Formed in 2016, Ditches are a Swedish band who mix garage rock, surf rock and punk. Their 2018 release ‘1000 Elephants’ was mixed and mastered by Mark Ryan and Jeff Burke (both previously of The Marked Men) and featured five frenzied rockers that filled the gap left by Hives when they became more commercial.
After over two decades in the business, Italian garage rock/power pop band The Peawees have created more than a musical legacy. Their 2018 LP ‘Moving Target’ provided an excellent insight into the band’s style – a great listen for anyone unfamiliar with the band – delivering great hook after great hook. A tribute to Phil Spector on the suitably titled ‘Phil Spector’ provided an album highlight on a track big on retro riffs and even bigger on sleigh bells.
A new track, ‘You Don’t Know Me’ adds further to the band’s legacy with a three minute, guitar driven blaster that combines the more commercial feel of early 90s Social Distortion with the chorus thrills of Gaslight Anthem, all wrapped up in something that pays homage to ‘I Fought The Law’.
Romania mightn’t be the first place you’d go looking for surf rock sounds, but Grave For Sale are a band deeply immersed in the retro style. Their musical universe draws influence from greats like The Ventures, but also applies sounds that could be found at the heart of horror rock, often resulting in tunes that sound like a blend of fine garage based melodies and a deep cut from a Tarantino soundtrack.
Their second EP, 2019’s ‘Garajo’ is seriously great. It has an old spirit, but a really beefy sound and its five tracks cover a lot of ground, yet at the same time, sound like tunes that belong together. In short, it’s a superb twenty minute showcase for a band whom deserve a larger fan-base.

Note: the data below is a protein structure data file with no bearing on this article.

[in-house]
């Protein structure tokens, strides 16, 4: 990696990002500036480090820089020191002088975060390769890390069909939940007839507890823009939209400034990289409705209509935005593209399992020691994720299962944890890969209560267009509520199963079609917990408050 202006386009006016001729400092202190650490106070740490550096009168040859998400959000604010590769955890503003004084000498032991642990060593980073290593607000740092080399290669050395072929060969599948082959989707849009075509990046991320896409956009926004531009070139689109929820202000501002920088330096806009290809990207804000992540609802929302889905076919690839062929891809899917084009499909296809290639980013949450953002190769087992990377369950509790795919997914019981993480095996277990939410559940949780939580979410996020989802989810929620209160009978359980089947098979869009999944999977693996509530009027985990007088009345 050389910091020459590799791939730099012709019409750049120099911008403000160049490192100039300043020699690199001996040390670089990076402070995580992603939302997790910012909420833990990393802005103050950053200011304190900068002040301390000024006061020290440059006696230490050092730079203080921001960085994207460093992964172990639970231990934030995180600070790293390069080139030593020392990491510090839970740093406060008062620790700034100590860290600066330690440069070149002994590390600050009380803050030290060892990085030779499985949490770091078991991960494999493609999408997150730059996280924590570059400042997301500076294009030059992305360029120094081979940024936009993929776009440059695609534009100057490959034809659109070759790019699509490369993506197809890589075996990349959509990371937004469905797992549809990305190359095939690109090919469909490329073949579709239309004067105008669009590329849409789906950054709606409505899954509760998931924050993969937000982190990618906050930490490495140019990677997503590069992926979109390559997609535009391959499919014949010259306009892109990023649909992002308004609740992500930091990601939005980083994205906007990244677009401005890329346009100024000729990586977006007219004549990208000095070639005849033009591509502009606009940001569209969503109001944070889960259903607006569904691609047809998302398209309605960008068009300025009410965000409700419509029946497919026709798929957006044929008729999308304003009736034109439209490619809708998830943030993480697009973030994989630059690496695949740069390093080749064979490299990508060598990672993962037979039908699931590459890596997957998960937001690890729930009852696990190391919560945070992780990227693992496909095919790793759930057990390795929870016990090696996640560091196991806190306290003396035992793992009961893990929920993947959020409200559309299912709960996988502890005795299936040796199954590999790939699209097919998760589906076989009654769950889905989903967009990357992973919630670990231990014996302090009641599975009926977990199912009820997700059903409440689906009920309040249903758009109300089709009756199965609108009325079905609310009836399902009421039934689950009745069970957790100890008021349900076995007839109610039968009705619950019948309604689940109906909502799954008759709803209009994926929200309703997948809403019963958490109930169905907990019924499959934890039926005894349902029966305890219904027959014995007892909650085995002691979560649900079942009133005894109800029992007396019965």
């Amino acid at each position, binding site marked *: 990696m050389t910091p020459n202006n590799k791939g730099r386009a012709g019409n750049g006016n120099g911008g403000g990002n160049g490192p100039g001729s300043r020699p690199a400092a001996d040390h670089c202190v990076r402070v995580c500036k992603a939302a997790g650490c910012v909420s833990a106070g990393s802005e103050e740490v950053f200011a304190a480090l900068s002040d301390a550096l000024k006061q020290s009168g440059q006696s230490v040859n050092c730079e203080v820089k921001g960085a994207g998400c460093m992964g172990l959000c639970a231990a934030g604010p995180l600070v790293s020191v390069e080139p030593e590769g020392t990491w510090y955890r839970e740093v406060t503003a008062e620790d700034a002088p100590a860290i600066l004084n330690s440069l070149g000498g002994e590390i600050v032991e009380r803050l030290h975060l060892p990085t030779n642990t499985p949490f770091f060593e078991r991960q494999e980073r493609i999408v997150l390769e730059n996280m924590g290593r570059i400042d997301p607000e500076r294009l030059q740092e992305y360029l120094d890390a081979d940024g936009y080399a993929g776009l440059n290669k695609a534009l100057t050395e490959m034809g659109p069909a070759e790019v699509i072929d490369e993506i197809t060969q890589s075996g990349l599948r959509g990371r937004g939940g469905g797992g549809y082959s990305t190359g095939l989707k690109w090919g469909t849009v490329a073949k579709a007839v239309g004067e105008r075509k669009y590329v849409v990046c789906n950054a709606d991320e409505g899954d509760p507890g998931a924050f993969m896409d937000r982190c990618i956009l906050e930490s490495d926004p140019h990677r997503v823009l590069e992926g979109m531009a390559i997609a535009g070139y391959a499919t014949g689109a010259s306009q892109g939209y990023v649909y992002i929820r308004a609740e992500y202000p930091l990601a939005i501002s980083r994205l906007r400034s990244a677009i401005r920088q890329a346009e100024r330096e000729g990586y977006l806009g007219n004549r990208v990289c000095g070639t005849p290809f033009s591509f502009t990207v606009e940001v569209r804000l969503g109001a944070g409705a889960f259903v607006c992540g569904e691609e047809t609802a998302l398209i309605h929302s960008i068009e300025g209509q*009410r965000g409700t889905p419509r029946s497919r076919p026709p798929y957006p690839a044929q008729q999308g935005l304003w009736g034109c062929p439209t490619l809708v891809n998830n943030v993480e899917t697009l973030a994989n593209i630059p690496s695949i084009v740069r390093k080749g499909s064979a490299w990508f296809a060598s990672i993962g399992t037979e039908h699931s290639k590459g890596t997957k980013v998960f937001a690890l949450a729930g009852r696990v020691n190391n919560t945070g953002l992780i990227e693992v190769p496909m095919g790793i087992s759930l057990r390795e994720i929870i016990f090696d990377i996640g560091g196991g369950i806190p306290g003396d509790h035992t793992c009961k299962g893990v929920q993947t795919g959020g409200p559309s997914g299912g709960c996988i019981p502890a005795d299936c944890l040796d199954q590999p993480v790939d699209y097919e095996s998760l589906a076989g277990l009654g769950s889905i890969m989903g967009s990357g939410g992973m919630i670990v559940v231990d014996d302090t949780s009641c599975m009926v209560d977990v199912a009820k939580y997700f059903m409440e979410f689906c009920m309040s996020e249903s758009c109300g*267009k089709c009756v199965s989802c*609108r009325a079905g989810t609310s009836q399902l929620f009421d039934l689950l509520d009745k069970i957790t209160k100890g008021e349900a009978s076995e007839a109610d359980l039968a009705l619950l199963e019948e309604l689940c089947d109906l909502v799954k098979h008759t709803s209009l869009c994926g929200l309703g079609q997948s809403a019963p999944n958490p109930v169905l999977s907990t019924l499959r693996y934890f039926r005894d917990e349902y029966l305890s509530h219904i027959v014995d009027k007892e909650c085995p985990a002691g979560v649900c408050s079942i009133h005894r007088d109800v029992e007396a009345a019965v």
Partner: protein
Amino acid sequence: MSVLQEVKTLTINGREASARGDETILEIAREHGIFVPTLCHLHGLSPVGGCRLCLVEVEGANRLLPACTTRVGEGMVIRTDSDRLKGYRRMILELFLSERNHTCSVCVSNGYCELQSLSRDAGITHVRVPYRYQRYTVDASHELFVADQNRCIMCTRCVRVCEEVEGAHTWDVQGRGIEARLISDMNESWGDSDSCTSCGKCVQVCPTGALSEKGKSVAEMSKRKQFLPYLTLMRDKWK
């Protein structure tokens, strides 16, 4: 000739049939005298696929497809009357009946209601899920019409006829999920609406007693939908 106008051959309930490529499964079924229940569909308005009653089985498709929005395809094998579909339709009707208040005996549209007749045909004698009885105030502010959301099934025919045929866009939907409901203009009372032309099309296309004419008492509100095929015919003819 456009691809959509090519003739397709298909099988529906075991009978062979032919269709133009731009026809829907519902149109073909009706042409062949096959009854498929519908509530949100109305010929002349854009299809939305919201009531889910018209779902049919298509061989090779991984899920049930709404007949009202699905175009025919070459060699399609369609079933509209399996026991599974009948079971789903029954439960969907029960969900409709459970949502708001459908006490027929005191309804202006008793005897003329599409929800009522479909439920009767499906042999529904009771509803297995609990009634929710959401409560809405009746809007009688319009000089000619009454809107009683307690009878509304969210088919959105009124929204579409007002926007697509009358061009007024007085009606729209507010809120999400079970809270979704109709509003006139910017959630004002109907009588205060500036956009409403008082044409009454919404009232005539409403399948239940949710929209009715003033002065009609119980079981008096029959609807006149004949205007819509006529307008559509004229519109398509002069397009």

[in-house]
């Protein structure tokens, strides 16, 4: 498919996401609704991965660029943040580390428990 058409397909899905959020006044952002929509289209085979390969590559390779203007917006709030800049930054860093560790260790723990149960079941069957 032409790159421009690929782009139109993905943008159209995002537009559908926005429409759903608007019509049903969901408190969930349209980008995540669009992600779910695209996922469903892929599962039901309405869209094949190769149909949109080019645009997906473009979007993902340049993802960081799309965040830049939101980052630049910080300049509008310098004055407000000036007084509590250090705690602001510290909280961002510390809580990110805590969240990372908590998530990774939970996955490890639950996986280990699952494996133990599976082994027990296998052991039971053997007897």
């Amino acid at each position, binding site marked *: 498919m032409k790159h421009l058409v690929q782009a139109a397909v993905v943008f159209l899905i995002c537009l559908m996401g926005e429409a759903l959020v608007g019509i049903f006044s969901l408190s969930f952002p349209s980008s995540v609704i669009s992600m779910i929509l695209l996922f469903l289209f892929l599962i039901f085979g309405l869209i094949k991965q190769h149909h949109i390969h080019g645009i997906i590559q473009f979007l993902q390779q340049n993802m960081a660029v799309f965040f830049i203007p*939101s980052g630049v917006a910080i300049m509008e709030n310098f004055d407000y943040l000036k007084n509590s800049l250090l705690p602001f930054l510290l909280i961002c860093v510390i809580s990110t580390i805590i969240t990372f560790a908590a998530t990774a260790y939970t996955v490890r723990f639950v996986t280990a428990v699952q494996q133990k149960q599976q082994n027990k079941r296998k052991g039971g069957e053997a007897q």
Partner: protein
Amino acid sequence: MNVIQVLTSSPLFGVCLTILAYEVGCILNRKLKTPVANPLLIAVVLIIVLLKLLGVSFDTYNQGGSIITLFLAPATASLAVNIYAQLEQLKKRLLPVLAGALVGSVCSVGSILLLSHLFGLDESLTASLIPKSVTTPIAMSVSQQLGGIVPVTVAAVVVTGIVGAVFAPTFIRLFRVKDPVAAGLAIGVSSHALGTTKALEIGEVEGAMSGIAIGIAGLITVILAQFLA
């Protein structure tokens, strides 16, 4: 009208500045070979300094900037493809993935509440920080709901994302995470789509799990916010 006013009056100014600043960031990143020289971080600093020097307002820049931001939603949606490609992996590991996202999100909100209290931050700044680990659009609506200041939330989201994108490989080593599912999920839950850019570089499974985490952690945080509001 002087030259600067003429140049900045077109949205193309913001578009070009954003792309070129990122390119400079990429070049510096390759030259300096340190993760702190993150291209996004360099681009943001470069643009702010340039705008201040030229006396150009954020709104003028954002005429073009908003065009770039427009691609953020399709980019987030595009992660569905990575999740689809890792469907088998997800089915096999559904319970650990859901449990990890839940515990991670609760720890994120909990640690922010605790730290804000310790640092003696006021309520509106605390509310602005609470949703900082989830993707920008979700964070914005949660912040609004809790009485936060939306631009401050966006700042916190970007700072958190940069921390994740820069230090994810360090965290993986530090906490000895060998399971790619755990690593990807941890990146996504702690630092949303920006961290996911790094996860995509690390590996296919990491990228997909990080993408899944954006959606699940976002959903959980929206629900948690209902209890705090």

Active on the live circuit since Halloween 2017, Runhidefight is a relatively new band fronted by Geeta Simons (formerly of Swisher). They’ve been championed by Rodney Bigenheimer and Sirius XM radio, been likened to Cheap Trick and The Sonics and they’re about to play live on the same bill as Justine and The Unclean.
With the release of ‘Killer’ in 1971, Alice Cooper – the band, as they were then and not just the man – had perfected a blend of hard rock, art rock and glam. Tracks like ‘Under My Wheels’ had – and continue to have – a destructive brilliance, while even the more throwaway material like ‘You Drive Me Nervous’ provided a great, rough hewn alternative to the closest British equivalent in the Sweet. Somewhere between, the dark artistry of ‘Halo of Flies’ and ‘Dead Babies’ transpired the horror schlock of the band’s notorious live show into the kind of audio nightmares that irked America’s moral guardians.
Perfection doesn’t come over night of course, and it had taken the band three albums to really hit their stride. Their 1969 debut ‘Pretties For You’ – aside from one obvious exception – bears absolutely no resemblance to their not too distant hit making future. The Alice Cooper of the late 60s were a chaotic art band and most of the music that filled their debut (released on Frank Zappa’s Straight Records in the summer of that year) is certainly closer to Mothers of Invention than the glam/proto-metal that would gain them worldwide acclaim.